It’s well-known that the coronavirus originated in Wuhan, China, with nations throughout Asia amongst the first to be affected by the pandemic. This caused significant economic and financial market decline during the first two quarters of 2020, with stock performance particularly impacted in the first half of the year.


Despite the short-term damage done to ASEAN stocks and economies, however, a number of emerging entities in the region have helped to drive a robust recovery in quarter three. Take Vietnam, for example, which is one of the few countries that’s forecast to record positive economic growth before the end of 2020.


This highlights the underlying strength and robustness of Asia’s markets, with emerging economies in the Southeast particularly impressive. But why else is Asia a deceptively attractive investment destination for traders, and is it really worth committing to this region’s assets in the current climate?


The Deceptive Growth of the Asian Stock Market


While investors often focus on regions such as Europe and the US when creating investment portfolios, Asia-Pacific nations (excluding Japan) comprise 13% of the MSCI All Country World index.


They also account for more than 50% of the world’s population, making the regions a dominant source of leading industry talent and innovation.


In the case of Japan, it should also be noted that the nation’s ground-breaking trade deal with the EU covers nearly one-third of global GDP, alongside the small matter of 635 million people.


This is particularly important from the perspective of investors, especially those who can remember Japan’s stock market decline throughout the late nineties and early noughties. After all, while this laid the foundation for sustained and pronounced economic growth in aforementioned Southeast Asian economies like Vietnam, it also struck a note of caution for investors and encouraged them to seek out alternative marketplaces.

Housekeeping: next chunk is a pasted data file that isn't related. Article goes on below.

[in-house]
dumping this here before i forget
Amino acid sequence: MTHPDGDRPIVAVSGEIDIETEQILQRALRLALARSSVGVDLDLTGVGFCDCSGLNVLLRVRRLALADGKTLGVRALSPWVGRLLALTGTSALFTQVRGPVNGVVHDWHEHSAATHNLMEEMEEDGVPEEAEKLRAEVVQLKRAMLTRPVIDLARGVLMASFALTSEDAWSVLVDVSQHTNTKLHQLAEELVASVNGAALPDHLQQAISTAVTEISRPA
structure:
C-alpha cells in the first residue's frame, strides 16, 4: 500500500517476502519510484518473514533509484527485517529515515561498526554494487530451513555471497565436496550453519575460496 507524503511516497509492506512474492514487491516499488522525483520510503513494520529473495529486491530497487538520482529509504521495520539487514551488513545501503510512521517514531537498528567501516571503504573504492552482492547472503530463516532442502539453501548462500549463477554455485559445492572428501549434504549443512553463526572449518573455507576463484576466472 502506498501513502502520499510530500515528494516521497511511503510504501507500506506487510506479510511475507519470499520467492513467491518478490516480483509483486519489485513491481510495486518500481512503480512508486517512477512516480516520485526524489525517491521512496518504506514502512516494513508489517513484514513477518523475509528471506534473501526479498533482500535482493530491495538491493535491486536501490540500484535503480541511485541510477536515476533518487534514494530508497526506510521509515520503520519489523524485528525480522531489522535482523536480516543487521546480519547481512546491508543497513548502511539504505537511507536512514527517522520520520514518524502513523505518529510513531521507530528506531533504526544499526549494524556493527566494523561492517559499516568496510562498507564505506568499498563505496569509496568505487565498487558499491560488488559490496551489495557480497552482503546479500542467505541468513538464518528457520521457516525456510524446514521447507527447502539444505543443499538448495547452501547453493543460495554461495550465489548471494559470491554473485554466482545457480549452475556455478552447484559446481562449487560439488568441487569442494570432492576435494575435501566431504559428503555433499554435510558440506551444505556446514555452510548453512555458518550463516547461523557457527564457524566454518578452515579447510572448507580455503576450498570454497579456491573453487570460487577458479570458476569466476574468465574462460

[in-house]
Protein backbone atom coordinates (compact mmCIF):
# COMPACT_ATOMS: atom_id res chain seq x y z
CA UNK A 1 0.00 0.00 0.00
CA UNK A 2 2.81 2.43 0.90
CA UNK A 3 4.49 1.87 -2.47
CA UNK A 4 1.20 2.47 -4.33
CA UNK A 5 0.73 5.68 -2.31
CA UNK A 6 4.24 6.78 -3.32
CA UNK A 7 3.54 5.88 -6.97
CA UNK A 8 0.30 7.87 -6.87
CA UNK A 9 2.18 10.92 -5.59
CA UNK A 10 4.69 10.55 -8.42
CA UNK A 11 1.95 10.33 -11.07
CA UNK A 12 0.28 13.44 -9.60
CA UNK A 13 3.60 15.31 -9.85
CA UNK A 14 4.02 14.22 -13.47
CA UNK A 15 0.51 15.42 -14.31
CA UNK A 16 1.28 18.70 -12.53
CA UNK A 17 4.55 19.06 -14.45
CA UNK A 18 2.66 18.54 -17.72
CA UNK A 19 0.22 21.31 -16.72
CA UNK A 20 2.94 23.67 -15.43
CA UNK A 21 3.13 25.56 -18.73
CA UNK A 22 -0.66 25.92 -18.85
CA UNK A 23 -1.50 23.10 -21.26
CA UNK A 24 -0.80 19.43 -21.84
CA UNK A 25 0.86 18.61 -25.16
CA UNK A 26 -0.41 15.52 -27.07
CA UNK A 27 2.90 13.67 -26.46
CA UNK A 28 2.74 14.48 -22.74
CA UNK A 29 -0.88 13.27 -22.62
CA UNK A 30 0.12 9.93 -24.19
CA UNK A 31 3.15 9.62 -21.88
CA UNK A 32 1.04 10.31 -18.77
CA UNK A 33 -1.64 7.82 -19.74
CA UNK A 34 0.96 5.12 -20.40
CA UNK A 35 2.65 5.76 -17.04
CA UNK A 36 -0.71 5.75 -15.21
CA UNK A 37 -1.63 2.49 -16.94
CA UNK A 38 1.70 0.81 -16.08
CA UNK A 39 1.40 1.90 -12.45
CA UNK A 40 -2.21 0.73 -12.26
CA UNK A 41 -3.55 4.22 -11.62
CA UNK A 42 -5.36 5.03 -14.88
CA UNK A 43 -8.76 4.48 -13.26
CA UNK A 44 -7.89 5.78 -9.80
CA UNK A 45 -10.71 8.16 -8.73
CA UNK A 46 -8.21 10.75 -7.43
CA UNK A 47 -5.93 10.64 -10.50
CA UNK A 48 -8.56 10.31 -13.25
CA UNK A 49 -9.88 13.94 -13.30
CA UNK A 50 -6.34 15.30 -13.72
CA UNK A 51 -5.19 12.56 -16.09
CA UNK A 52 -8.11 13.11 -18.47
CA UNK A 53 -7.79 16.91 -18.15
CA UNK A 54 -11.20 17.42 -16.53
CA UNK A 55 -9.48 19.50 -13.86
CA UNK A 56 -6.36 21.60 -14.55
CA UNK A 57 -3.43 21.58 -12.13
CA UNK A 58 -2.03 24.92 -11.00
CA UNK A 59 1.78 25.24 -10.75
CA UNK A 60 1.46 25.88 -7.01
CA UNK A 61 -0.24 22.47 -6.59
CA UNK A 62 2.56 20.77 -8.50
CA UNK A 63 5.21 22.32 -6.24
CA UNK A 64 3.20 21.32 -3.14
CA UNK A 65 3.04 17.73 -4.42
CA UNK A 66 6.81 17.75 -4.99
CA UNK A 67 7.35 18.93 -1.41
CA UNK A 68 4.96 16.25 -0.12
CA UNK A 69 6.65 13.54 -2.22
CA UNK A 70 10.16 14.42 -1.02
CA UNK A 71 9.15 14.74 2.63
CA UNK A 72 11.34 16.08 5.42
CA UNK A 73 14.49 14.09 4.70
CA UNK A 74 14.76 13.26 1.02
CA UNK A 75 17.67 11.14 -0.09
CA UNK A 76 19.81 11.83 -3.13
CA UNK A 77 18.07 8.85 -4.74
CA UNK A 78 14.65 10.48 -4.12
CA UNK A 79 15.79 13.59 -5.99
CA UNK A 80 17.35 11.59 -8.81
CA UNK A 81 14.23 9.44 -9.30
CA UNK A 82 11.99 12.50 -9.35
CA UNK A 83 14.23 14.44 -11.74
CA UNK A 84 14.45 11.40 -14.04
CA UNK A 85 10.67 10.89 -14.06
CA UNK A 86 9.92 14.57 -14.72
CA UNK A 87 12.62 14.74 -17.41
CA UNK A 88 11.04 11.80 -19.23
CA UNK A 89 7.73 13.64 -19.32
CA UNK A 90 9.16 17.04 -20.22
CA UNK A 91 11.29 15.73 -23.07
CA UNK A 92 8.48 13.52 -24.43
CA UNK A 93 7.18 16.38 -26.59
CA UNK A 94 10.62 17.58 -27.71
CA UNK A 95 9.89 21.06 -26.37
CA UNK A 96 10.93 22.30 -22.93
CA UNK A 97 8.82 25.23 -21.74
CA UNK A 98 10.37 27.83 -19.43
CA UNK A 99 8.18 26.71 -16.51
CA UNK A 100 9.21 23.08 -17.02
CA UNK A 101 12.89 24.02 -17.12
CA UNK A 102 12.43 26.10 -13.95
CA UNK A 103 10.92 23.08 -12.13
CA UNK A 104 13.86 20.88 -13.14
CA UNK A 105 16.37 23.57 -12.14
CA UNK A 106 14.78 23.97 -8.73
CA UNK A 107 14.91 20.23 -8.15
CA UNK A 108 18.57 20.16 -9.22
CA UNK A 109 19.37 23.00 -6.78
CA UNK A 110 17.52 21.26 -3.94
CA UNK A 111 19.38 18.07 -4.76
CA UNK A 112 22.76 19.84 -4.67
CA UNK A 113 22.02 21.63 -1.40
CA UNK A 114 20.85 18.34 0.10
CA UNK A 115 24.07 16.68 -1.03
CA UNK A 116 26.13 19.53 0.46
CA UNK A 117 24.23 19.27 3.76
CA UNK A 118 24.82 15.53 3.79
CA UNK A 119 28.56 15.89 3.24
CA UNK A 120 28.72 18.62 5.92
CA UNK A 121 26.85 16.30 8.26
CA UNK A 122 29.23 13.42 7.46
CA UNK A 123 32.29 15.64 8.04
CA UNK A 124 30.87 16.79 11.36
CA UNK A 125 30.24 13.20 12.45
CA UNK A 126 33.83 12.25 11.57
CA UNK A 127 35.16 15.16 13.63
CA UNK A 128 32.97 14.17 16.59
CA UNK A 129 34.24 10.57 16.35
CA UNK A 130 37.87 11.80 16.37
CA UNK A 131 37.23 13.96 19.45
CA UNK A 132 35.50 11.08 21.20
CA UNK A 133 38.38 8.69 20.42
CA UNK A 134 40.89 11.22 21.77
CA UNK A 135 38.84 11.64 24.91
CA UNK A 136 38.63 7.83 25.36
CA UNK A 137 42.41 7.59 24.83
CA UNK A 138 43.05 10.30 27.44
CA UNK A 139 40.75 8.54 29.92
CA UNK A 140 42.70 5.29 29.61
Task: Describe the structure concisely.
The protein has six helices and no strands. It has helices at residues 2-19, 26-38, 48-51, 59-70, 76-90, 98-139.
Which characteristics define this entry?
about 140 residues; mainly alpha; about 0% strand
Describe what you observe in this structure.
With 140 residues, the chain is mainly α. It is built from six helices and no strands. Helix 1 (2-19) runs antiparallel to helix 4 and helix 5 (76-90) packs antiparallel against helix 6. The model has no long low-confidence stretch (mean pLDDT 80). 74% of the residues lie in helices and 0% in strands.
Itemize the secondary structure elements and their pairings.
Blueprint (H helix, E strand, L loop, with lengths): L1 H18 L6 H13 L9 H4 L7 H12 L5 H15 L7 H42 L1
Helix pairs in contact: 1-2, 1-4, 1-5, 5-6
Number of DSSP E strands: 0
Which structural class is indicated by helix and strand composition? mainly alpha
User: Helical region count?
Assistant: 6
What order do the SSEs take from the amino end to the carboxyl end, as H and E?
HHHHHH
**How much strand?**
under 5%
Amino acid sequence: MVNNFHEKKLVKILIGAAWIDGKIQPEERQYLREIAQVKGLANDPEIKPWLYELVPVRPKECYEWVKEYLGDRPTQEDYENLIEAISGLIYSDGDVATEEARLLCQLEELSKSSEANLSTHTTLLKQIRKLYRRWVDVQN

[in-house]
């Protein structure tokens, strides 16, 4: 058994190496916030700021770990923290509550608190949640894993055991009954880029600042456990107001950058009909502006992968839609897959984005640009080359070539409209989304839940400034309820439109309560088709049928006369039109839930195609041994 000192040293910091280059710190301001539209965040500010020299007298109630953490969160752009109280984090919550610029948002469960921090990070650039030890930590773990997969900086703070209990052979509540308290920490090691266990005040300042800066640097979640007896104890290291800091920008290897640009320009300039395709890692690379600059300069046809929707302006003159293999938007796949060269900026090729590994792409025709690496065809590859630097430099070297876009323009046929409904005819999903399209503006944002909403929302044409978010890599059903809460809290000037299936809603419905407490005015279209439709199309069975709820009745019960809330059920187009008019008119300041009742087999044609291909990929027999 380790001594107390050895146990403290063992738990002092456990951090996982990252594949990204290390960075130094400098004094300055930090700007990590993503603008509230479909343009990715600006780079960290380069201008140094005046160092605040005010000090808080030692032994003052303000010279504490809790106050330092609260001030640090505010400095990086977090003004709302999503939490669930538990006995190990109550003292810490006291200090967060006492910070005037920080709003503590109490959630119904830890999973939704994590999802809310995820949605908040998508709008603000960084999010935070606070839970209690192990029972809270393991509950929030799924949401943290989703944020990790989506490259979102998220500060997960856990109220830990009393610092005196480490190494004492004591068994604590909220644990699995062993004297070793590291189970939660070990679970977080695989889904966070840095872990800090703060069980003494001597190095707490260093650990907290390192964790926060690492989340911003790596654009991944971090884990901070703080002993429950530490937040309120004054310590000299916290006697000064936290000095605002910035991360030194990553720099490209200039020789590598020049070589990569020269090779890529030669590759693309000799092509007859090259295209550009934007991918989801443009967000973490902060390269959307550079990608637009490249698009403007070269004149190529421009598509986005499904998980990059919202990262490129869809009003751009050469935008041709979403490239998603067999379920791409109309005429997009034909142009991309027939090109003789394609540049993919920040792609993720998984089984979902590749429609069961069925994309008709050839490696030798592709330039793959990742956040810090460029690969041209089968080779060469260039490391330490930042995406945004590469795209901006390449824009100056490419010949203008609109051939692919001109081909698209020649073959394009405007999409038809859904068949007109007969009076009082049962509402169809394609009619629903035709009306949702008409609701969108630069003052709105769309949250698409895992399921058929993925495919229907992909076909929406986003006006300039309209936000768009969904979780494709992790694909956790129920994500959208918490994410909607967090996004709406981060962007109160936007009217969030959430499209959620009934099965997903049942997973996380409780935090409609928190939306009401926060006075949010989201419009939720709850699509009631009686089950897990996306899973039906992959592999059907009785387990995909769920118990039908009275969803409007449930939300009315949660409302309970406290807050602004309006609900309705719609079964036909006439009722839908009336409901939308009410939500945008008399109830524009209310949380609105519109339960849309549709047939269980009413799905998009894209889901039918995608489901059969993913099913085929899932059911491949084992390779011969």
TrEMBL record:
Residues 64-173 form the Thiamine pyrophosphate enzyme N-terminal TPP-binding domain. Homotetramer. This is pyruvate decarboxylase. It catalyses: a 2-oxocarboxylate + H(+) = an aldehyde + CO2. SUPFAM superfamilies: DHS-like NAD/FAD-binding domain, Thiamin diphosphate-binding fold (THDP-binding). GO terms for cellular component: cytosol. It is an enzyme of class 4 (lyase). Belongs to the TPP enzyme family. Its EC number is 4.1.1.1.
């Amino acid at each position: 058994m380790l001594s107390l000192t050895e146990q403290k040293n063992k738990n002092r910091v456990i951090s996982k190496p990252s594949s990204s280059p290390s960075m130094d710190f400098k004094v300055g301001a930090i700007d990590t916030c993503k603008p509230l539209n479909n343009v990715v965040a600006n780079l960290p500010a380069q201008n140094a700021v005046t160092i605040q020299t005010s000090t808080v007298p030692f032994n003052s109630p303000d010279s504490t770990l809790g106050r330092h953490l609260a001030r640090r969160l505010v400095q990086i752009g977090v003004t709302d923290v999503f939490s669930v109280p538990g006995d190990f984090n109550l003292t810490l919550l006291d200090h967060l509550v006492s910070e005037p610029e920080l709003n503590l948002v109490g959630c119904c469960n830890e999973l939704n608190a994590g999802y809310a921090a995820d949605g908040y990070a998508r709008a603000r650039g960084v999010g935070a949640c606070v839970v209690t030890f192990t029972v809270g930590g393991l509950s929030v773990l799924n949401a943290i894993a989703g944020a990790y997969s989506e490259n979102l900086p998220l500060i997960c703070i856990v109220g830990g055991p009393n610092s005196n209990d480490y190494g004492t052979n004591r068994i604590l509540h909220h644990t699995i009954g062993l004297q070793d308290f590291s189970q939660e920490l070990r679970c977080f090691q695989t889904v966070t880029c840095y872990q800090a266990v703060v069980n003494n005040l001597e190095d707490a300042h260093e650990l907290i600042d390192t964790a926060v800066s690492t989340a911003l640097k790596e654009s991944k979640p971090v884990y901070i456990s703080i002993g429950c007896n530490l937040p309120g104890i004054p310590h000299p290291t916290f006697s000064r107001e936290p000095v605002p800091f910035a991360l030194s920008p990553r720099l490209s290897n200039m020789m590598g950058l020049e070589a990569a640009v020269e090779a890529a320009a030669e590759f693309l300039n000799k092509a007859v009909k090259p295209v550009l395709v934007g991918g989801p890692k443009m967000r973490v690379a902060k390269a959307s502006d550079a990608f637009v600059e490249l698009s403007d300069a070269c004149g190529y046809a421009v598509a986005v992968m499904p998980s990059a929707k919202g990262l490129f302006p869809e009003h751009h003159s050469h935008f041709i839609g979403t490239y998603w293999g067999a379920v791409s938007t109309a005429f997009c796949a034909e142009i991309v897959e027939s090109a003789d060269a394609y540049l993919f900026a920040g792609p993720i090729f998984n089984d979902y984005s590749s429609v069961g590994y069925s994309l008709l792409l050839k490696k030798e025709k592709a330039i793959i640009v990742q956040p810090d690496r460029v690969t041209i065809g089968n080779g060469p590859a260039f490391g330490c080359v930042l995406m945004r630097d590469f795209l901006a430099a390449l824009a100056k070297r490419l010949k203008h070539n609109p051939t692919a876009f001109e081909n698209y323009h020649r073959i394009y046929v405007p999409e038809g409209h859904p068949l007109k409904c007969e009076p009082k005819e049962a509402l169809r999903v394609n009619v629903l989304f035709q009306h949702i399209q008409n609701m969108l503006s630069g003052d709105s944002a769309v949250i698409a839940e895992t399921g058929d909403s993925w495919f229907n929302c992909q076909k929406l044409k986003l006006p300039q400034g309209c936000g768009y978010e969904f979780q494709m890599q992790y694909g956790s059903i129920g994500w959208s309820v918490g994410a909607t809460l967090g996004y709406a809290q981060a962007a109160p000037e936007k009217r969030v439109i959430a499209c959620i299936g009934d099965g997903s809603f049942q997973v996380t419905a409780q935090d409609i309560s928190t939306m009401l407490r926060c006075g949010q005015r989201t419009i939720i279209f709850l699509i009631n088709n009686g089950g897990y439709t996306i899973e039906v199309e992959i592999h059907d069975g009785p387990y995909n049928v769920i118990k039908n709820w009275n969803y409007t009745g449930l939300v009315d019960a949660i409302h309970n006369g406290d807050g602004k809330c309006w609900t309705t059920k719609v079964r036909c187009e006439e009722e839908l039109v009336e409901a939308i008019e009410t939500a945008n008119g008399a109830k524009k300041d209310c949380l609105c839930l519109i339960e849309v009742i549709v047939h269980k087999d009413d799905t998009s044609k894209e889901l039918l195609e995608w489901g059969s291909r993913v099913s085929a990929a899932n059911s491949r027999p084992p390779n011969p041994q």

However, the fact remains that Asia’s high and largely consistent economic growth over the last 30 years has set the region apart from the America’s, Africa and Europe, creating huge potential for investors that remains to this day.


Stock Market Performance in Asia – Appraising the Opportunity for Investors


Strangely, such growth hasn’t always translated into stock market growth in Asia, with China’s various assets and indices having lagged behind their counterparts in India over the course of the last 20 years or more.


This has created a barrier between investors and the Asian markets, with the issue having been compounded further by the performance of relevant indexes in the wake of the coronavirus pandemic.




The Singapore Straits Times Index (STI) was the hardest hit falling by 22% in the three months to March 2020. The Bursa Malaysia (KLSE) was also hit badly, as sentiment dwindled and investors sought flight as a way of safeguarding their capital.


However, the latter index has also helped to showcase the robust growth of Asian stocks, recovering to just under pre-pandemic levels by the end of quarter three.


Additionally, the early year decline will have enabled savvy investors to target potentially devalued (or undervalued) stocks and capitalise on their subsequent resurgence throughout 2020.


Not only this; but the pandemic has also driven substantial growth in some underrated industries in Southeast Asian nations, particularly as many have been forced to react to the closure of international borders and dramatically reduced tourism revenues.




In the case of Vietnam, for example, the nation has seen a huge uptick in electronics manufacturing and exports in the second half of the year, with firms such as Google and LG locating their smartphone production operations here of late.


On top of that, the Vietnamese economy actually received a boost on the back of a significant increase in the number of people working from home due to the pandemic.

“People have bought a new laptop computer or they’ve bought new office furniture, for both working and spending more time at home. Well, a lot of those products are made in Vietnam,” Michael Kokalari, chief economist for Vinacapital, told BBC News.


And the figures reflect that uptick in activity, with Vietnam’s electronic exports to the US up 26% for the first three quarters of 2020 compared to the same period in 2019.


Trends such as these undoubtedly offer unique opportunities for investors, particularly those who want to build a broader portfolio of stocks within the Asia-Pacific region.